Supreme Court leaves Alameda County’s gun store ordinance standing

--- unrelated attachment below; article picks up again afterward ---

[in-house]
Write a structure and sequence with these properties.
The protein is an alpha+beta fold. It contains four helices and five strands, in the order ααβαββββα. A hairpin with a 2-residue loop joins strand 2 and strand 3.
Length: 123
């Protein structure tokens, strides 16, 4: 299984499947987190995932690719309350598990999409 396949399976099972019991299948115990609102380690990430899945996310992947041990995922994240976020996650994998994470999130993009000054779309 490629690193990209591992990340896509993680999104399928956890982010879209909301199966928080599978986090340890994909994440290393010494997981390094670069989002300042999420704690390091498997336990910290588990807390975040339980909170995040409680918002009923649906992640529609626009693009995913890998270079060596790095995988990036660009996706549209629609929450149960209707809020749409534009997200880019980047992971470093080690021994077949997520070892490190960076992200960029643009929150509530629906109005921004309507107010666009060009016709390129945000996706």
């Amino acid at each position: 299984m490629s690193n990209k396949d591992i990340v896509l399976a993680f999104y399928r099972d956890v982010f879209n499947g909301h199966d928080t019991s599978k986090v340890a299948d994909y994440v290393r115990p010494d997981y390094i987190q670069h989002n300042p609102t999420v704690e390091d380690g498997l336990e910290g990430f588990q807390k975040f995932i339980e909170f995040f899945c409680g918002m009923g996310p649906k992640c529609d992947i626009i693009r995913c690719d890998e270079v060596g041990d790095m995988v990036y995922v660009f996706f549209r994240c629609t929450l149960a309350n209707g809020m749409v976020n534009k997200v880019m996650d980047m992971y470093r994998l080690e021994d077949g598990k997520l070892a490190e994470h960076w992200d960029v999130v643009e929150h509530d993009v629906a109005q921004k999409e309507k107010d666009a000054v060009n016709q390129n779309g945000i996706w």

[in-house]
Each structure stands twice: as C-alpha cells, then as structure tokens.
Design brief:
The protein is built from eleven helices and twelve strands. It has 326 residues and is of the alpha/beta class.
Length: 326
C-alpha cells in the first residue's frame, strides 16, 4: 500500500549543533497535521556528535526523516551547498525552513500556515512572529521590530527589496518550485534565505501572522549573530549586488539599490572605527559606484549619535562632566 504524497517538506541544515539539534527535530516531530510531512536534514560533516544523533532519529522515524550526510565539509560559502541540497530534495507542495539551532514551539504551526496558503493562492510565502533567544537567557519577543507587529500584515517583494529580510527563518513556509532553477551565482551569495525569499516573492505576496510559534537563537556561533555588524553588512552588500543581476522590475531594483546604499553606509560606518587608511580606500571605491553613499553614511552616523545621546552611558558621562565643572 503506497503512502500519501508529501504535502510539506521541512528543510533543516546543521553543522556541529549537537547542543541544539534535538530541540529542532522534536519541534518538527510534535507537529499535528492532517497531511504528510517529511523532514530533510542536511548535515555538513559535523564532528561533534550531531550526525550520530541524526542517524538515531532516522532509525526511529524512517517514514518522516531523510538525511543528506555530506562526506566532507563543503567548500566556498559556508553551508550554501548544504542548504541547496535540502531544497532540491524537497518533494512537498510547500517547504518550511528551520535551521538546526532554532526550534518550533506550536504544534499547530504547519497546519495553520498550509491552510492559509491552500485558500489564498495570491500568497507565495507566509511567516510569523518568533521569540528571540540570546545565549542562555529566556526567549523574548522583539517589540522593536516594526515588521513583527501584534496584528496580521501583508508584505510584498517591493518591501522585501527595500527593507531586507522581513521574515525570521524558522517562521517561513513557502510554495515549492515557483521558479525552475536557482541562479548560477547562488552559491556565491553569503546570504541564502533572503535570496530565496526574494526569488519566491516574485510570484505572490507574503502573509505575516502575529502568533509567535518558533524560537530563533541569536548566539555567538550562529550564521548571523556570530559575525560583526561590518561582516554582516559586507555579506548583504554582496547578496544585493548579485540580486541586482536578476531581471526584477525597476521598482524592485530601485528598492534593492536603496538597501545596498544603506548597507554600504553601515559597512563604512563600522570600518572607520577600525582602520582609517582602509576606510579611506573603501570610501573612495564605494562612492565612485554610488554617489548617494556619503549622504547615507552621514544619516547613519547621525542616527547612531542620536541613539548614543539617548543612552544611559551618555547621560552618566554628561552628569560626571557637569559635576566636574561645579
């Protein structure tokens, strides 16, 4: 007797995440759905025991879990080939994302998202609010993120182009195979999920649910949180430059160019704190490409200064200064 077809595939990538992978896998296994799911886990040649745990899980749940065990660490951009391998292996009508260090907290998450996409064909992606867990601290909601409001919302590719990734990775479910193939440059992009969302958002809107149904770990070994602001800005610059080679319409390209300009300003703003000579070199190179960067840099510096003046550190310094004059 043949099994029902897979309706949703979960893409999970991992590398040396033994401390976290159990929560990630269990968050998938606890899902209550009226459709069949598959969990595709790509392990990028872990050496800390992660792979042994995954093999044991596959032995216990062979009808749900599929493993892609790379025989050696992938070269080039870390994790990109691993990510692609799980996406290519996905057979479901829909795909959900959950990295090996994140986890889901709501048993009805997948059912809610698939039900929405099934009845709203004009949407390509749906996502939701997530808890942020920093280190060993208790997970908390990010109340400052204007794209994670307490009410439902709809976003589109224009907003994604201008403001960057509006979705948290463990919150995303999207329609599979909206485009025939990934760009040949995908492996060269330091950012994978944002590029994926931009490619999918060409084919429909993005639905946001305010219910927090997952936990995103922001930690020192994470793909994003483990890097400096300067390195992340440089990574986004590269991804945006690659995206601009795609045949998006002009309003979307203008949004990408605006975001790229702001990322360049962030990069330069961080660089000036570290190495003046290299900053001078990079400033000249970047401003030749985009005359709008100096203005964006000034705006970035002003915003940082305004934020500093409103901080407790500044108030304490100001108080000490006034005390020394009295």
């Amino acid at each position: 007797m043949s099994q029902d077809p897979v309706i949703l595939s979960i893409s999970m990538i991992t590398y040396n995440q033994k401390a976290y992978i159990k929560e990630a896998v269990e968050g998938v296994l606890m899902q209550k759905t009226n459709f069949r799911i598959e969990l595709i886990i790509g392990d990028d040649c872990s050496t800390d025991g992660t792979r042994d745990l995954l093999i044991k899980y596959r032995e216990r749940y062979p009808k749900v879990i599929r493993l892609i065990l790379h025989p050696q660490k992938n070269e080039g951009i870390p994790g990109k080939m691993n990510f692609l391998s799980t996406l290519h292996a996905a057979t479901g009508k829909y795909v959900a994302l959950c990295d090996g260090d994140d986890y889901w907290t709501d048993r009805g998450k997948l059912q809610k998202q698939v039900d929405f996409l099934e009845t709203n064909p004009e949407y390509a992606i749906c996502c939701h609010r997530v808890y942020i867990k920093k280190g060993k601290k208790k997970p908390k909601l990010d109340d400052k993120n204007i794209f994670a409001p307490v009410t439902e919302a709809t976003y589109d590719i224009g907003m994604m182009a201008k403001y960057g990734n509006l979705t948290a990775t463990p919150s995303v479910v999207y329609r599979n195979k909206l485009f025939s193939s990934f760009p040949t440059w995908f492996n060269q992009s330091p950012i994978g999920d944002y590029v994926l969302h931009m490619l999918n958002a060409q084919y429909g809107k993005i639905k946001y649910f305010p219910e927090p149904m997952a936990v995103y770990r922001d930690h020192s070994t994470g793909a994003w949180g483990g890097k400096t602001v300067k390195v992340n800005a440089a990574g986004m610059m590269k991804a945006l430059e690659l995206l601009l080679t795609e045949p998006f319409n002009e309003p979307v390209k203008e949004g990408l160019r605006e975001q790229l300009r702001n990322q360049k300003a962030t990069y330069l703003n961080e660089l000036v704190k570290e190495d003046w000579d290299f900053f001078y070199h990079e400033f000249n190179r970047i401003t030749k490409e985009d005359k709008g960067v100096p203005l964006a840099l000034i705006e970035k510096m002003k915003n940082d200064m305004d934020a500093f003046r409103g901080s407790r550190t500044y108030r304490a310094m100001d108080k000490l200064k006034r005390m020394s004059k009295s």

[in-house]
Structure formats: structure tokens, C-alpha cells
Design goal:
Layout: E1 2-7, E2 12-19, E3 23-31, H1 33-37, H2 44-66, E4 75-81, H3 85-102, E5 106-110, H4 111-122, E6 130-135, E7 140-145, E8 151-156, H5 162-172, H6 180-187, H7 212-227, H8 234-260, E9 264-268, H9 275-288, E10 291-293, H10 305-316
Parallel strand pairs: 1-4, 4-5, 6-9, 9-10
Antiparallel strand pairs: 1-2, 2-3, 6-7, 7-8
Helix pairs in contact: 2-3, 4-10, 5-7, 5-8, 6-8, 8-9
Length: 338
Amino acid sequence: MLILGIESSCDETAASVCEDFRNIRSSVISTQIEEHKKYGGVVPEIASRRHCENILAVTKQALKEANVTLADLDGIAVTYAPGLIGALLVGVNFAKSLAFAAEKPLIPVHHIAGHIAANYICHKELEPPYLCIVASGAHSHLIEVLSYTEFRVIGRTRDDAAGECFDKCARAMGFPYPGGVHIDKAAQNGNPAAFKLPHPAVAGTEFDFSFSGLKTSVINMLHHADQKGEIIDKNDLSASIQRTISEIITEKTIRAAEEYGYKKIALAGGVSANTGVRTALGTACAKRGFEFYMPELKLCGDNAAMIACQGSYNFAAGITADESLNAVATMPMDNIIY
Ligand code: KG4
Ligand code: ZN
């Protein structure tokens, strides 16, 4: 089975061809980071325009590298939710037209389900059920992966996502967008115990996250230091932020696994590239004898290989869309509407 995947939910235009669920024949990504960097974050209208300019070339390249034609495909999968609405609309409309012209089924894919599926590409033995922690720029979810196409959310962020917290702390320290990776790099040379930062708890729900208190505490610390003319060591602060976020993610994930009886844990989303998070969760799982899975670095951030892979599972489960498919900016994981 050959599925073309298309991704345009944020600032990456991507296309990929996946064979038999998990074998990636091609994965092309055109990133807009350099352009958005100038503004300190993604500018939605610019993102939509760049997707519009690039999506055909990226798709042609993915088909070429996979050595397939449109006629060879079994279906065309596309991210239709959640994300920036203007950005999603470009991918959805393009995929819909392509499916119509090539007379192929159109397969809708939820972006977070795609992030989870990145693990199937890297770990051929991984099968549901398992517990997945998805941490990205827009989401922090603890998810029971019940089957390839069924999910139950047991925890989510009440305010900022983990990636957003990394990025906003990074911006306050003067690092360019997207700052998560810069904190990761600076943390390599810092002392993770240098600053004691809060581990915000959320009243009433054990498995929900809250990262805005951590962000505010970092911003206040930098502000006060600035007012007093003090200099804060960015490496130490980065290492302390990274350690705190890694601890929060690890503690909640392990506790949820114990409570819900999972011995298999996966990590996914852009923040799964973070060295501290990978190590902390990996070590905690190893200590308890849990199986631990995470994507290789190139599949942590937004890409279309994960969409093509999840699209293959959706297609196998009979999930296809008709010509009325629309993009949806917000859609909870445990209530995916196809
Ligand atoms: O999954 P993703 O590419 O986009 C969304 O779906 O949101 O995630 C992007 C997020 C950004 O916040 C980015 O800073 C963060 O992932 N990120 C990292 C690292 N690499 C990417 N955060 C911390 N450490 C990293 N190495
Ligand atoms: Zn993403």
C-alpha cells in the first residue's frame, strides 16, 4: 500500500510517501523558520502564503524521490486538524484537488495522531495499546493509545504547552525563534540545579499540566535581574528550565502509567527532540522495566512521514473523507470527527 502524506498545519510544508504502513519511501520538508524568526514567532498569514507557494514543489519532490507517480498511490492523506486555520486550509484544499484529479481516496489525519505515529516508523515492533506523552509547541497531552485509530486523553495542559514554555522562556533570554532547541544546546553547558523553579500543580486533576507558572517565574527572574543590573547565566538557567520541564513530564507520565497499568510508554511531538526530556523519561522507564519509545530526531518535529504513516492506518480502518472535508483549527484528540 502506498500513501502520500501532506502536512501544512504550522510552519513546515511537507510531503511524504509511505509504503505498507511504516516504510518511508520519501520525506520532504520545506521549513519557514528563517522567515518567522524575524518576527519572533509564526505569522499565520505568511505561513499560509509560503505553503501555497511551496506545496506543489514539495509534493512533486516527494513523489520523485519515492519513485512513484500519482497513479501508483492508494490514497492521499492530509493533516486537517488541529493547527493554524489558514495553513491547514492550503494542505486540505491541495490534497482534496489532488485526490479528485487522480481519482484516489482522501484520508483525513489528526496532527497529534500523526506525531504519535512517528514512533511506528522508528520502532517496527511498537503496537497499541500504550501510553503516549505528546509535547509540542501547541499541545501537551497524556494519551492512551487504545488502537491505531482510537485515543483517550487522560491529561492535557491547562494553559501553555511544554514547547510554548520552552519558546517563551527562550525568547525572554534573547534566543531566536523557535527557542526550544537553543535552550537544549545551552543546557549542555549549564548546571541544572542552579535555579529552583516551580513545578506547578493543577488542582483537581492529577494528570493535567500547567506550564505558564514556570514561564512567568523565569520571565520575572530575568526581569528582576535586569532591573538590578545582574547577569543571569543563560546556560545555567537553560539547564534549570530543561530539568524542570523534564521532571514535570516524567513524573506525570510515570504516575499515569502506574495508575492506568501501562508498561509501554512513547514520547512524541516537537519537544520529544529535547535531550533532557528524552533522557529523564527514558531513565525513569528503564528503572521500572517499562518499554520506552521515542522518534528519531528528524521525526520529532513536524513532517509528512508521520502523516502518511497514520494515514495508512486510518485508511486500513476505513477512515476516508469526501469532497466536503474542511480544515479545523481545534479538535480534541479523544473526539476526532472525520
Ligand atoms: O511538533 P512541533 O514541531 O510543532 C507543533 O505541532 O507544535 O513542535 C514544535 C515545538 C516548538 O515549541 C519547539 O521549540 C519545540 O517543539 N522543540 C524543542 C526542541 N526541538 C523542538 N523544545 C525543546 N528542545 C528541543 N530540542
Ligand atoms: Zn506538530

An Alameda County, Calif., ordinance that restricts new gun stores in unincorporated areas was left intact when the U.S. Supreme Court on Tuesday rejected a challenge by would-be gun dealers and a firearms organization. The U.S. Supreme Court has rejected a challenge by would-be gun dealers and a firearms organization to an Alameda County ordinance that bans new gun stores in unincorporated areas within 500 feet of a residential neighborhood, school or day care center. The justices left intact a federal appeals court ruling that said the Second Amendment to the Constitution protects only the right to keep and bear arms, not the right to sell them. Lawyers for the county said similar buffer-zone ordinances are in effect in 17 other cities and counties in California, including San Francisco, Oakland and Contra Costa County. The 1998 Alameda County ordinance was challenged by three businessmen who wanted to open a gun shop in an unincorporated area near San Leandro, 446 feet away from the nearest home on the other side of Interstate 880. Their suit, backed later in legal filings by the National Shooting Sports Federation, contended the county had effectively banned new gun stores in unincorporated areas and therefore violated the rights of prospective gun owners. A three-judge panel of the Ninth U.S. Circuit Court of Appeals in San Francisco refused to dismiss the suit in 2016 and ruled 2-1 that the county, to justify the restriction, would have to prove it was essential to reducing gun crimes. But […]

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